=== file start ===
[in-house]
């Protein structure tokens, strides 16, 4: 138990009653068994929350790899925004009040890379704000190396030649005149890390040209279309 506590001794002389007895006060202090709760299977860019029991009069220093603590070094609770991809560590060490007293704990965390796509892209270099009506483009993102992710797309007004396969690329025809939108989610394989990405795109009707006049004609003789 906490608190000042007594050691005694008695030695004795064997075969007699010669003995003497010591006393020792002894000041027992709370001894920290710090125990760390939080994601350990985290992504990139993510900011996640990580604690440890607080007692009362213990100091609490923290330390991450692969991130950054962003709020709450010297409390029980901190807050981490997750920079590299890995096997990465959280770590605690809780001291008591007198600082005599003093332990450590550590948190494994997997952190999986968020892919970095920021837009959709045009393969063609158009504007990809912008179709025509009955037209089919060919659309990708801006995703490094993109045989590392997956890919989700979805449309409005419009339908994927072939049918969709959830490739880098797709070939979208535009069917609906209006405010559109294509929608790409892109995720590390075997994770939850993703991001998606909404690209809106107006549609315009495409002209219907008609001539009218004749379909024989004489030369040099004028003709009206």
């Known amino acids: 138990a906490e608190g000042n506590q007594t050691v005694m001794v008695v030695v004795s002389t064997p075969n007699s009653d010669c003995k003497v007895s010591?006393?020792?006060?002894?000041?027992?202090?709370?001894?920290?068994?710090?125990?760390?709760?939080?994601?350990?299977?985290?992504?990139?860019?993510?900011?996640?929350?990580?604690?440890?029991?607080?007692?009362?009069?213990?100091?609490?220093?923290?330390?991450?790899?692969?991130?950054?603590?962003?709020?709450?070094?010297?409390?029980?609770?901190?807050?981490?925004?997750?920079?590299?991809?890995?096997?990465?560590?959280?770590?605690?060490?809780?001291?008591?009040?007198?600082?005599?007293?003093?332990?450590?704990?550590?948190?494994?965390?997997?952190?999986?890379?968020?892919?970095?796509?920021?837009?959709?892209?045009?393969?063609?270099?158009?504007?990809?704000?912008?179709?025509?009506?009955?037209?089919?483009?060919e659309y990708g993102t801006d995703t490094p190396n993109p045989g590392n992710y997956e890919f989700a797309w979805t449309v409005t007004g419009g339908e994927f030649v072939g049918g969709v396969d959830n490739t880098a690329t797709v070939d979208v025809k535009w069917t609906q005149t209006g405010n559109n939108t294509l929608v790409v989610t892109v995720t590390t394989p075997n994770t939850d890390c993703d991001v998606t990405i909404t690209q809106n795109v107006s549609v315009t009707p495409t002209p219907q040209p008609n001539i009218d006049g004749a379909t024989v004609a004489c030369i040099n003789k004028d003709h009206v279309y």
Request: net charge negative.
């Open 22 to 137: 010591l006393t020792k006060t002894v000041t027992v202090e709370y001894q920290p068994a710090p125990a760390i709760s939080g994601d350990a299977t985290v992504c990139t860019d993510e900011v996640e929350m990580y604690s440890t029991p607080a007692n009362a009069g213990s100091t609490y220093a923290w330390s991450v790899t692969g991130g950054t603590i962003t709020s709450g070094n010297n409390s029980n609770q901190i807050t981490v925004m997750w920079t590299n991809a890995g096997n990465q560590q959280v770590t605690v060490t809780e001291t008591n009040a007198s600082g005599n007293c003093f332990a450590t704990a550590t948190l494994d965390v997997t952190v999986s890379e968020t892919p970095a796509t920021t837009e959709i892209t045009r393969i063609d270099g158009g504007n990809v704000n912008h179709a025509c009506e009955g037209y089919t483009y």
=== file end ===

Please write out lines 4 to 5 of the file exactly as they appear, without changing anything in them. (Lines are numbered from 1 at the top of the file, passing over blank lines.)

Request: net charge negative.
């Open 22 to 137: 010591l006393t020792k006060t002894v000041t027992v202090e709370y001894q920290p068994a710090p125990a760390i709760s939080g994601d350990a299977t985290v992504c990139t860019d993510e900011v996640e929350m990580y604690s440890t029991p607080a007692n009362a009069g213990s100091t609490y220093a923290w330390s991450v790899t692969g991130g950054t603590i962003t709020s709450g070094n010297n409390s029980n609770q901190i807050t981490v925004m997750w920079t590299n991809a890995g096997n990465q560590q959280v770590t605690v060490t809780e001291t008591n009040a007198s600082g005599n007293c003093f332990a450590t704990a550590t948190l494994d965390v997997t952190v999986s890379e968020t892919p970095a796509t920021t837009e959709i892209t045009r393969i063609d270099g158009g504007n990809v704000n912008h179709a025509c009506e009955g037209y089919t483009y």